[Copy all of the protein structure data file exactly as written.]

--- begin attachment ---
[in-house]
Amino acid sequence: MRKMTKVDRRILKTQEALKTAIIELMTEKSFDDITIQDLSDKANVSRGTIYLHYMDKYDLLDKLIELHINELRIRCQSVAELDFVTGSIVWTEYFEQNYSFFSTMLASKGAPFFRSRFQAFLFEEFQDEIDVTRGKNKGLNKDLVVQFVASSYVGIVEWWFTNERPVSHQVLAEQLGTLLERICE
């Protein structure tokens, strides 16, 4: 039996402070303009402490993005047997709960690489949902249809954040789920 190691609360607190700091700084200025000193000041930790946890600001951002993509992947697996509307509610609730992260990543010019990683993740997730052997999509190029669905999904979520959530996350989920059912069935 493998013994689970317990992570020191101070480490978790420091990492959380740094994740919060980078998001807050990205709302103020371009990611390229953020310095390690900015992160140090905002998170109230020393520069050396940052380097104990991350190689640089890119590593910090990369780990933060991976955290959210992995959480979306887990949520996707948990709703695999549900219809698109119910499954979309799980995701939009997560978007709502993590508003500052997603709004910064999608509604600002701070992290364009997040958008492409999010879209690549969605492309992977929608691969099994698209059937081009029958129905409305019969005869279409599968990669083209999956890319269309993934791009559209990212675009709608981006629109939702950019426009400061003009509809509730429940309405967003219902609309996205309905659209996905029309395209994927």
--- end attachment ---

[in-house]
Amino acid sequence: MRKMTKVDRRILKTQEALKTAIIELMTEKSFDDITIQDLSDKANVSRGTIYLHYMDKYDLLDKLIELHINELRIRCQSVAELDFVTGSIVWTEYFEQNYSFFSTMLASKGAPFFRSRFQAFLFEEFQDEIDVTRGKNKGLNKDLVVQFVASSYVGIVEWWFTNERPVSHQVLAEQLGTLLERICE
């Protein structure tokens, strides 16, 4: 039996402070303009402490993005047997709960690489949902249809954040789920 190691609360607190700091700084200025000193000041930790946890600001951002993509992947697996509307509610609730992260990543010019990683993740997730052997999509190029669905999904979520959530996350989920059912069935 493998013994689970317990992570020191101070480490978790420091990492959380740094994740919060980078998001807050990205709302103020371009990611390229953020310095390690900015992160140090905002998170109230020393520069050396940052380097104990991350190689640089890119590593910090990369780990933060991976955290959210992995959480979306887990949520996707948990709703695999549900219809698109119910499954979309799980995701939009997560978007709502993590508003500052997603709004910064999608509604600002701070992290364009997040958008492409999010879209690549969605492309992977929608691969099994698209059937081009029958129905409305019969005869279409599968990669083209999956890319269309993934791009559209990212675009709608981006629109939702950019426009400061003009509809509730429940309405967003219902609309996205309905659209996905029309395209994927």